The Government appears to be ready to offer EDF huge subsidies for its proposed Hinkley Point C nuclear plant, but negotiations are currently on hold and not expected to finish until the end of the year. Whether agreement can be reached is seen as a litmus test for the economic viability of nuclear power in Europe. The world is watching Britain “very avidly” as it struggles to secure a commercially viable deal for nuclear energy in an open market.
Secretary of State for Energy, Ed Davey, denies that the Government is offering EDF a blank cheque: “I am not going to sign any deal with EDF unless it is value for money, is affordable and meets the coalition agreement of no public subsidy”. He says “I am determined that the consumer or the taxpayer will not bear the risk of construction over-runs. Nuclear will get no preference in comparison with other low-carbon technologies.”
But nuclear power is being offered much more favourable terms than renewables since nuclear looks like being offered a 35 year contract with premium prices compared with only 15 for renewables, and unlike renewables, the Treasury has offered EDF £10 billion worth of loan guarantees.
If the Government will not underwrite EDF’s construction costs – barring some incredibly high ‘strike’ price – that should be enough to stop the project. There is tremendous uncertainty about how much the plant will cost and how long it will take investors to get their money back. So the City will downgrade any investment that is dependent on hopeful estimates for construction costs. That is why ‘underwriting’ is so important for new nuclear power. It seems the Government has not offered (yet) to guarantee to pay for any construction costs overruns. Barring some national French Government priority being made for Hinkley C (which seems unlikely) investing in the plant looks like a very unattractive prospect unless construction costs are underwritten.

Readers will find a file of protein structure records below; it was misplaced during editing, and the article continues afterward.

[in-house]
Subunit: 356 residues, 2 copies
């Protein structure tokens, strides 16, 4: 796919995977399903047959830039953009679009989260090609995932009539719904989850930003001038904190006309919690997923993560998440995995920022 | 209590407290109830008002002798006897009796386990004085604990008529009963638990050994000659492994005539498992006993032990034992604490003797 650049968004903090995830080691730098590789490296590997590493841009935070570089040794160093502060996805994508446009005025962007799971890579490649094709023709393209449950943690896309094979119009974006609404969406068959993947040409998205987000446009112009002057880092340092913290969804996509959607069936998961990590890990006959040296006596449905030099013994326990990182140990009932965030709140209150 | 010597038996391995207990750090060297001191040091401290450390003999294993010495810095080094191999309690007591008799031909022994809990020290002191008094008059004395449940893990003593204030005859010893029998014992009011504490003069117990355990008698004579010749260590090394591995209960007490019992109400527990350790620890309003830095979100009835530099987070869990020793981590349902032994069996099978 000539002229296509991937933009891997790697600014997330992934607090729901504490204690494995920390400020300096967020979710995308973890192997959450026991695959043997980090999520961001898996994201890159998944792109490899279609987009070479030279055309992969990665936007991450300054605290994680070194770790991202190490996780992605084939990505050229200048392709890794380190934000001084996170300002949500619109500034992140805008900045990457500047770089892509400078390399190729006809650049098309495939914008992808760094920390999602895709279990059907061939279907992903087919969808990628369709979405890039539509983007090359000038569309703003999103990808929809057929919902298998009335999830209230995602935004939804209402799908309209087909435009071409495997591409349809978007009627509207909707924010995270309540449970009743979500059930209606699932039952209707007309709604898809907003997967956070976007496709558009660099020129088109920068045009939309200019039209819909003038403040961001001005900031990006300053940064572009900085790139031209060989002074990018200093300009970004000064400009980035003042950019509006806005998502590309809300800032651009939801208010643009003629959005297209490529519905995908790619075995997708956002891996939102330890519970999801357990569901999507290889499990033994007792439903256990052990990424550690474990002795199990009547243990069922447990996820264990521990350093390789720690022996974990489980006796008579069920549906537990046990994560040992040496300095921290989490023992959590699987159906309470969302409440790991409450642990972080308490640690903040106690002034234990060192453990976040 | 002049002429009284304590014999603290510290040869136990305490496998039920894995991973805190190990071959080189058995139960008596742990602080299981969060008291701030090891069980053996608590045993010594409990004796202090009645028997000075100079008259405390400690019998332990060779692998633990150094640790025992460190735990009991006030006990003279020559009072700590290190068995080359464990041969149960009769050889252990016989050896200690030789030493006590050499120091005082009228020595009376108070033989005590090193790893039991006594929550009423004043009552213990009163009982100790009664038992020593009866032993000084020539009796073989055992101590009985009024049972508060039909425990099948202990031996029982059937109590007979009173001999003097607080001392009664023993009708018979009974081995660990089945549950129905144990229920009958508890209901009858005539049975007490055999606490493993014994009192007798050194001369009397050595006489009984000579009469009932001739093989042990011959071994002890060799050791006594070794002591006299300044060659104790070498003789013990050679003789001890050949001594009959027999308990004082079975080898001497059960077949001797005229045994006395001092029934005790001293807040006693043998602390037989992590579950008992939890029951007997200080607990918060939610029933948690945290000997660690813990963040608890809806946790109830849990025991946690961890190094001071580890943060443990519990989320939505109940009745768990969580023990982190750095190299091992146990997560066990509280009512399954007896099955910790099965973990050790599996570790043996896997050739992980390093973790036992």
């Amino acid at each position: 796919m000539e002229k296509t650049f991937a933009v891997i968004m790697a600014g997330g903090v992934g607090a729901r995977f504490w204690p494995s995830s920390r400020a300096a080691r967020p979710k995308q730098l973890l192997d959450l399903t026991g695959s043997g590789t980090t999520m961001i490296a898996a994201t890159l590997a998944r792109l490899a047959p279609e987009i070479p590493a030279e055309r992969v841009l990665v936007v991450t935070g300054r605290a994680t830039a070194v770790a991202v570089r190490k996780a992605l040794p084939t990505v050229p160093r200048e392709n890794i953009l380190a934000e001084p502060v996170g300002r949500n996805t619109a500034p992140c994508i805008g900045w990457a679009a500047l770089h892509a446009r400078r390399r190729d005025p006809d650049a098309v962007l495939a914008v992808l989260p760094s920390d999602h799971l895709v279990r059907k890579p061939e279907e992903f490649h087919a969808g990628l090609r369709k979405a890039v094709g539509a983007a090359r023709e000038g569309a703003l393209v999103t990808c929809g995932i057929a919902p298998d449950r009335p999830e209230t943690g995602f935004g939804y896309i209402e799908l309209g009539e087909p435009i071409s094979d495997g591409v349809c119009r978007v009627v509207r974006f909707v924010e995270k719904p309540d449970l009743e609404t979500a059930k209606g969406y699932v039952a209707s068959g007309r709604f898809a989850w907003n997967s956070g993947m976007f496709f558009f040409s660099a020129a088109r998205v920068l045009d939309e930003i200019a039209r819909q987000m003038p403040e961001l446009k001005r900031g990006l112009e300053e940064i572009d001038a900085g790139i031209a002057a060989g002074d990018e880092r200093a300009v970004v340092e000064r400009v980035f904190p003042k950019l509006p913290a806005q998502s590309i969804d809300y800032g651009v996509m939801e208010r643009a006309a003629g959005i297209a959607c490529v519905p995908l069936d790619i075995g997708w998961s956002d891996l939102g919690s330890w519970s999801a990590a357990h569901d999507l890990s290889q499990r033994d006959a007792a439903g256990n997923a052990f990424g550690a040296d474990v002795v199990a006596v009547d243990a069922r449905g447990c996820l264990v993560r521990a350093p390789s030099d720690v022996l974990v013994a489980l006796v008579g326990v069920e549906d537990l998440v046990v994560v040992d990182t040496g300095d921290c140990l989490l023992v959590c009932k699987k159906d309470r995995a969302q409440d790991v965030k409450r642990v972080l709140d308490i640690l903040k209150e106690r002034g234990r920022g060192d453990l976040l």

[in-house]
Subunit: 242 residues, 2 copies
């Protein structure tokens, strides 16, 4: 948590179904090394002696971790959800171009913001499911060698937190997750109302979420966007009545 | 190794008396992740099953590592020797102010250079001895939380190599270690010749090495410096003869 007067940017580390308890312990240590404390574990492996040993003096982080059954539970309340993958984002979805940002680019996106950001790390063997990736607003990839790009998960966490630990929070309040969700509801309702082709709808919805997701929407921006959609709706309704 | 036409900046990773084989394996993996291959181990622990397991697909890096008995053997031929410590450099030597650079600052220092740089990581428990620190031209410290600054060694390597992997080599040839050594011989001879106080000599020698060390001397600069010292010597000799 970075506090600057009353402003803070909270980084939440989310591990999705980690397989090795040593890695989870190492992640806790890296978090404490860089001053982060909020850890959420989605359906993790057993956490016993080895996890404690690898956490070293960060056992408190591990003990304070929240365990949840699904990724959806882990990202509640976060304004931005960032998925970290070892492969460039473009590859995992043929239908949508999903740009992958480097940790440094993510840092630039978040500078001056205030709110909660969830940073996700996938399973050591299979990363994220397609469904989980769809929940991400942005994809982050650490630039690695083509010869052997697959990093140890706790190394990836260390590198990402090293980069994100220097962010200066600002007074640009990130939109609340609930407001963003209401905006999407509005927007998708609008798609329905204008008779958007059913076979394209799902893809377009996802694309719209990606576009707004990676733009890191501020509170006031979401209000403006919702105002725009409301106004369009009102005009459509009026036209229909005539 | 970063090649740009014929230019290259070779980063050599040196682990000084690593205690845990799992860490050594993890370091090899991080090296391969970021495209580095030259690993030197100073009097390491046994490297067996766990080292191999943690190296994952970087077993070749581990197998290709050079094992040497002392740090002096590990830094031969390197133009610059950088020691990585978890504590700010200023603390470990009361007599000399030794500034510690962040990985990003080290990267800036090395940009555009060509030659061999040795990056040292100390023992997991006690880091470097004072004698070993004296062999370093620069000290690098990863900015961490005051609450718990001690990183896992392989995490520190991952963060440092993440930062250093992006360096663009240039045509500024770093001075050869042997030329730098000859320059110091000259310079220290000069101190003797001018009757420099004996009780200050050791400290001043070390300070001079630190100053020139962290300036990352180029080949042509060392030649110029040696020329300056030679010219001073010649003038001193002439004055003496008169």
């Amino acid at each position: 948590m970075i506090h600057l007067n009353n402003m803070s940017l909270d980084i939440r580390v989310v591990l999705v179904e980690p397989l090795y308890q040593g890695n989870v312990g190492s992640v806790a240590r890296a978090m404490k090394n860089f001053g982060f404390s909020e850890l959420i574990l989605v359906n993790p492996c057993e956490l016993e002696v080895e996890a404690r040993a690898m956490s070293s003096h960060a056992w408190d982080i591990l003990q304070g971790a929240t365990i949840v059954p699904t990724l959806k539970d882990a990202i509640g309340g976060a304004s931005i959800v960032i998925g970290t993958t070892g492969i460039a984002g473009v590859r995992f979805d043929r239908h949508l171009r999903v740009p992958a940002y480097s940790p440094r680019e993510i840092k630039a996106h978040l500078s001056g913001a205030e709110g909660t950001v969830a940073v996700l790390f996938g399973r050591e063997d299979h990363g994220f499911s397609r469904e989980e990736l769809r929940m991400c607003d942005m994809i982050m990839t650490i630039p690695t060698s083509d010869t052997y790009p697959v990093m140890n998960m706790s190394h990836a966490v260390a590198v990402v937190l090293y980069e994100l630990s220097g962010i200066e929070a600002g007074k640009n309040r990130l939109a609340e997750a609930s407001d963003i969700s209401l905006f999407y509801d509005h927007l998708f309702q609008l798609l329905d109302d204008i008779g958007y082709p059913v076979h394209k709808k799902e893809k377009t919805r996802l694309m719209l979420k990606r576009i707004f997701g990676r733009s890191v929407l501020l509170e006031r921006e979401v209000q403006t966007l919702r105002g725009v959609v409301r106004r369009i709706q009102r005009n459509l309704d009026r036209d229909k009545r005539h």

The government had hoped to make a positive announcement before the summer on the strike price. A deal, intended by ministers in London to represent a final offer, was put on the table in June. EDF in Paris, where all the energy company’s decisions are made, failed to respond. Frustrated by the unwillingness of EDF to engage, the Government, which thought an agreement was possible after the last Anglo-French summit in May, has now effectively stepped back and is talking to other possible suppliers.
Nick Butler in the FT complained that:
“We have not been told why the costs of EDF’s ill-starred plant at Flamanville have risen so high, and why Hinkley rather than benefiting from everything learnt there is now projected to cost even more. We have not been told how the project will be financed.”
Meanwhile, Labour MP Alan Whitehead says the new nuclear programme is taking so long to complete that it is in danger of becoming a “museum” piece by the time it is due to come on line in 2020. A lot of the generation issues will have been solved by the time Hinkley Point C starts generating and the UK “will have in theory a lot of wind, demand-side reduction, storage backup and interconnectors – the lights will have either gone out or we will have substantially resolved our supply problems anyway.”
2nd August 2013